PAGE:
Most important factor is fit and comfort. I suspect the 19" frame is closer to your size. Your knee should have a small (~20 degree) bend, when your foot is at the bottom of the pedal stroke. And the seat post should not have to be fully extended to get that knee bend.

As to saddles: the stock saddle may not fit you well, at all; try a few. Many bike shops have loaners, as well as a test pad, that locates your "sit bones" to help you select a suitable saddle.

Lastly, get stiff-soled shoes (if not cycling shoes and pedals) and wear a helmet; accidents are sometimes totally outside your control.
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Old 07-18-2018, 05:52 AM
Neil K Walk Neil K Walk is offline
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Thanks. Iím hoping the other store has a Merlin 7. Like I said, the fork on the 6 was really clunky.

PS: they offer a trade in program but the most Iíd get is $50 for the 4900. My wife wants to try sell it on Facebook but weíd be lucky to get $150 for it IMO what with the worn crankshaft. Iím thinking it would be a good bike for my younger son sometime soon. Heís 11 and small for his age so Iím thinking it might be more his size once heís in high school. I at least need to get him off the video games and out on the local trail.
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Old 07-18-2018, 05:57 AM
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I have a TREK DS4 https://www.trekbikes.com/us/en_US/b...olorCode=black that i really like....
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Old 07-18-2018, 07:15 AM
Neil K Walk Neil K Walk is offline
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Yes, that does look nice but likely out of my price range. He put me on a couple of X-Calibers which were much nicer but again out of my price range. My wife will probably balk at the Marlin 7 since we paid about $550 for her FX2 but she opted against the FX3 for similar reasons so whatís good for the goose...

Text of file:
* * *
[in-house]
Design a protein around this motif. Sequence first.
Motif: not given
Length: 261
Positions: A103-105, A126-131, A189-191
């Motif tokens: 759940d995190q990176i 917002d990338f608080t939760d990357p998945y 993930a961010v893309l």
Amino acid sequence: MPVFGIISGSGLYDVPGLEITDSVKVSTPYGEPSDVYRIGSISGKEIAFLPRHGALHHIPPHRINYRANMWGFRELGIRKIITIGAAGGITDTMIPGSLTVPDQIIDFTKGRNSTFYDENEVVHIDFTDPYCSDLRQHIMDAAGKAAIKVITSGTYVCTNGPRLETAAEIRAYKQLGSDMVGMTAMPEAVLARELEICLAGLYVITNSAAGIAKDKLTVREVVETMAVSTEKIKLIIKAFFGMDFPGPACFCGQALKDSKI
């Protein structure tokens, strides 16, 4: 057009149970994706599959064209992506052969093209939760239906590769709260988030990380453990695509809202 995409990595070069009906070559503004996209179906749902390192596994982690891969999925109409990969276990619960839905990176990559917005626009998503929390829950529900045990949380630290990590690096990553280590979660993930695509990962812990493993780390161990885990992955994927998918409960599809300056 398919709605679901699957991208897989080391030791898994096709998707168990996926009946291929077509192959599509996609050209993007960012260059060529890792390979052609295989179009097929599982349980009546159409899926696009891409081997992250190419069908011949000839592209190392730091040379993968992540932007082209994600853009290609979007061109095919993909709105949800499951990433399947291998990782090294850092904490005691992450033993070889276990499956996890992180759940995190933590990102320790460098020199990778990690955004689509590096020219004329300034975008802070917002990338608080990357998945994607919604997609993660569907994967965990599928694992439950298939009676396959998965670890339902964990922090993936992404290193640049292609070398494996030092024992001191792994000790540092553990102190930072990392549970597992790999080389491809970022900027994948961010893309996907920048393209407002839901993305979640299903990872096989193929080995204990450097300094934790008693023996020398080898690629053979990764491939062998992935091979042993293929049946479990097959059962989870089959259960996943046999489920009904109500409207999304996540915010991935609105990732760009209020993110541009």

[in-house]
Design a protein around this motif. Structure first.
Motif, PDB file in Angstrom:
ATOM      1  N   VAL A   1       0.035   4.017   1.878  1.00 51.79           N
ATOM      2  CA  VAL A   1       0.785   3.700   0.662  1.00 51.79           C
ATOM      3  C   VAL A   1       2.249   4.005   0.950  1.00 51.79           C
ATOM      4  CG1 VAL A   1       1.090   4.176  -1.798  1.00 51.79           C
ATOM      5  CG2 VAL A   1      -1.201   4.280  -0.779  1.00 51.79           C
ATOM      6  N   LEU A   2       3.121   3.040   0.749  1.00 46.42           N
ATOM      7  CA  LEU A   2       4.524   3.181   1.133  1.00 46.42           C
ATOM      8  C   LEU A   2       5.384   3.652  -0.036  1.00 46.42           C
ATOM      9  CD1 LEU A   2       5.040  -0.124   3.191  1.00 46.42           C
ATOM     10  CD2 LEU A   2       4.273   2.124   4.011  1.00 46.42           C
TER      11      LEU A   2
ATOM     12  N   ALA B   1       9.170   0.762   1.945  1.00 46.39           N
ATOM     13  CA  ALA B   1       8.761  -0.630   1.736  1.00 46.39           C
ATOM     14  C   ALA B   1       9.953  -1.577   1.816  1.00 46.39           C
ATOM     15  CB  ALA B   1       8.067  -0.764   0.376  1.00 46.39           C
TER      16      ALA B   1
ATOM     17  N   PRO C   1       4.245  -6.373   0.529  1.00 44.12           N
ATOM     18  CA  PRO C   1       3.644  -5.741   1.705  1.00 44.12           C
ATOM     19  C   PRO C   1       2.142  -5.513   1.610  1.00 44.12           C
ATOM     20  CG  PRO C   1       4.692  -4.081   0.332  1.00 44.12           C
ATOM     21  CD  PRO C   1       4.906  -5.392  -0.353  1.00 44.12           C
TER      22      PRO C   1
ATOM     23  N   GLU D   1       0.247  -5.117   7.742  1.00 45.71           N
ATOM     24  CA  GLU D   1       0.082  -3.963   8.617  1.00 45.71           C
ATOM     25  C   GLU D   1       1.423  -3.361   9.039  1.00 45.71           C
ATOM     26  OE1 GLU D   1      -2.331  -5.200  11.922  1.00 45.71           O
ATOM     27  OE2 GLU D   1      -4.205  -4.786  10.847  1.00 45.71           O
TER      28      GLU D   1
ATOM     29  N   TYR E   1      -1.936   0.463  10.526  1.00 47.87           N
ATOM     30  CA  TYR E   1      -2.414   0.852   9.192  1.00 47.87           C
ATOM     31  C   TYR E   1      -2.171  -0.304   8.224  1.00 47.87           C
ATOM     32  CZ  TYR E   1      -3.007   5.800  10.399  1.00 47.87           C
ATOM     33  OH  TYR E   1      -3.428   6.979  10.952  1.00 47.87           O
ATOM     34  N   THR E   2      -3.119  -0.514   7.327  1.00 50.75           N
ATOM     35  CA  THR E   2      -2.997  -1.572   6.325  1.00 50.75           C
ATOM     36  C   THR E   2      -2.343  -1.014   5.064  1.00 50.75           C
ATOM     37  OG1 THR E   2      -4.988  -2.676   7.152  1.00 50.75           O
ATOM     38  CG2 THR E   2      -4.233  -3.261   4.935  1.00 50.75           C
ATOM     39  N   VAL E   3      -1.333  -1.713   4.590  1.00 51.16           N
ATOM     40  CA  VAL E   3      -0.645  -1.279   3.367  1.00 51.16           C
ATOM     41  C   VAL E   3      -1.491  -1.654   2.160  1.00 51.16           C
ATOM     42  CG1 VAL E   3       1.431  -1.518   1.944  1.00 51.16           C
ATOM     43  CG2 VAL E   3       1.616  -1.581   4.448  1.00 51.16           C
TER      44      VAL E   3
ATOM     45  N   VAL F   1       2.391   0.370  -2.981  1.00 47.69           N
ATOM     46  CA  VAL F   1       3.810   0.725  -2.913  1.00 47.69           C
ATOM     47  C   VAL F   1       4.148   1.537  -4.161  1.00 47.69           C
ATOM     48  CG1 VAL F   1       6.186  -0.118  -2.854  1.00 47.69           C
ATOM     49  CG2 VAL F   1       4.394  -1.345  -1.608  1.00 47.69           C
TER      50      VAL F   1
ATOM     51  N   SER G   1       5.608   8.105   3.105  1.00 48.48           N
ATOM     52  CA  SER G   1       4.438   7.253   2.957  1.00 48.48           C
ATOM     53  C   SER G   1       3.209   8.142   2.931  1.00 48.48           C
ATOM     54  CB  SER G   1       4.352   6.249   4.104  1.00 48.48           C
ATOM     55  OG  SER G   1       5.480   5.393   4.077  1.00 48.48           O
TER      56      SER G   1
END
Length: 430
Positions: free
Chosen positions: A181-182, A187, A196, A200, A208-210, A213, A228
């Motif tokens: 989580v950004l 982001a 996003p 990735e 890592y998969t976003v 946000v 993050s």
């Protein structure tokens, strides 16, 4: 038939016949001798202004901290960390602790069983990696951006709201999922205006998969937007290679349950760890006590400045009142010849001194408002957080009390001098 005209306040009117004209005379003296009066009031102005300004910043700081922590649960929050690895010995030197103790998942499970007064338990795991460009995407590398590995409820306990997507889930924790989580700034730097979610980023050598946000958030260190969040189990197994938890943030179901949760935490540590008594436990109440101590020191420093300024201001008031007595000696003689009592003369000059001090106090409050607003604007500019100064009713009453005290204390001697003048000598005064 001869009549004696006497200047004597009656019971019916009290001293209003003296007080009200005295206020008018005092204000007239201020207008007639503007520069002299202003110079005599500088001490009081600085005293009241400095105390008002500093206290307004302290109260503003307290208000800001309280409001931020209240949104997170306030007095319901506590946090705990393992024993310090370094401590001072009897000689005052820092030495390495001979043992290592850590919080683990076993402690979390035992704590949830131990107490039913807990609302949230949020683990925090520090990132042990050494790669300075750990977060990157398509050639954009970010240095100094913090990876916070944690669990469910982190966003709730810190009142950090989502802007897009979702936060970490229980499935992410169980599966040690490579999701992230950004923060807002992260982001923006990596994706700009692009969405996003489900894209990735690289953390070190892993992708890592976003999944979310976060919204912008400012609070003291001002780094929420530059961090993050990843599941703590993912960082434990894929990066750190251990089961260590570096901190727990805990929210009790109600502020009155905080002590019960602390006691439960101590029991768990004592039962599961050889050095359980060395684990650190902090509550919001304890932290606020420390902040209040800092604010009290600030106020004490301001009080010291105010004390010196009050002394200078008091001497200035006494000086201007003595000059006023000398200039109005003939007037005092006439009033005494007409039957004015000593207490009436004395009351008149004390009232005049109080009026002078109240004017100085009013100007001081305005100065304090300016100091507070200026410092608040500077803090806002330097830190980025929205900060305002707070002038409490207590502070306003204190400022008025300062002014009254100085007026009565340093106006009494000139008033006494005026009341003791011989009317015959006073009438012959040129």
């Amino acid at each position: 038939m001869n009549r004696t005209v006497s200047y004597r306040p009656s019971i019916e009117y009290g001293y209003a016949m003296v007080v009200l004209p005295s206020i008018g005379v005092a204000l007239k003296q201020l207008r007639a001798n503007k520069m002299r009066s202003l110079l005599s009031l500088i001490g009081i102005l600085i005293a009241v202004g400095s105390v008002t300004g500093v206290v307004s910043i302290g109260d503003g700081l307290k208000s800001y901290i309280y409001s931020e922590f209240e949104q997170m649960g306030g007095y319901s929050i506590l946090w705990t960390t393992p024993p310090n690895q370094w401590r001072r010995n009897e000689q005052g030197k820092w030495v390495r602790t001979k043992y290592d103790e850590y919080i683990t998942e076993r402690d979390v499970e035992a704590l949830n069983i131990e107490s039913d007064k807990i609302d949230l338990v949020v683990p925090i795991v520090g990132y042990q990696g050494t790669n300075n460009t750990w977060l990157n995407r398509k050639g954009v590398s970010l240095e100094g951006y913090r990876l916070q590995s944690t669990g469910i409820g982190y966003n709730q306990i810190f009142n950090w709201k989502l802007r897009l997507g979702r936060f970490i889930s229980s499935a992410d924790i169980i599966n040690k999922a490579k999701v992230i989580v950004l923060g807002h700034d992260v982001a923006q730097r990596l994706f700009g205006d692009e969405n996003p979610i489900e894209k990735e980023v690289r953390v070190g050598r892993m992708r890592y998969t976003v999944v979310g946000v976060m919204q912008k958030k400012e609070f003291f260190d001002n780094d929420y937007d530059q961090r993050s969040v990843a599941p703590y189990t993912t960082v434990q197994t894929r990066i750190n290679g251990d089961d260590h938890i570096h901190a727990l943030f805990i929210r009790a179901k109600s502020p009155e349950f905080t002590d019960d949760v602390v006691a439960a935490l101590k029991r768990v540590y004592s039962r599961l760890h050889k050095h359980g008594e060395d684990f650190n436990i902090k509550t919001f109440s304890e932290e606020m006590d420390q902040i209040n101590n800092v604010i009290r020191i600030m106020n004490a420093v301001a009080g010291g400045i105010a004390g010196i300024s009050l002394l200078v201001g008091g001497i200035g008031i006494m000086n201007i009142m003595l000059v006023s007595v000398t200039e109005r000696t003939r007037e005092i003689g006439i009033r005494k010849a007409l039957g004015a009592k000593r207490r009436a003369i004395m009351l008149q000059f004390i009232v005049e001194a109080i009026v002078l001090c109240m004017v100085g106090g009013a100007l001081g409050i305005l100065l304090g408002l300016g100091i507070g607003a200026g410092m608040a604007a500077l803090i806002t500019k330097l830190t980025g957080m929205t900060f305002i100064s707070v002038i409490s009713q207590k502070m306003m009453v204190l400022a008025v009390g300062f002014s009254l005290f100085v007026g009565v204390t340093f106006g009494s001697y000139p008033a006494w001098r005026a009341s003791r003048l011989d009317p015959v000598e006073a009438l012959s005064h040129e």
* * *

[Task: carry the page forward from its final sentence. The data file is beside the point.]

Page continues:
BTW, I was surprised to see that thereís a trend for two gears only on the front and 10 or more on the rear. It makes sense given that Iím rarely in the bottom 8 years on mine and my front derailer is always out of adjustment. When did this trend start?
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2009 Martin D-16GT
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Old 07-18-2018, 07:35 AM
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Quote:
Originally Posted by Neil K Walk View Post
...BTW, I was surprised to see that thereís a trend for two gears only on the front and 10 or more on the rear. It makes sense given that Iím rarely in the bottom 8 years on mine and my front derailer is always out of adjustment. When did this trend start?
Realizing that I've pretty much only used my middle front chainring, I recently removed my small and large chainrings turning my DS4 into a 1x9....
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Old 07-18-2018, 08:33 AM
ziapack ziapack is offline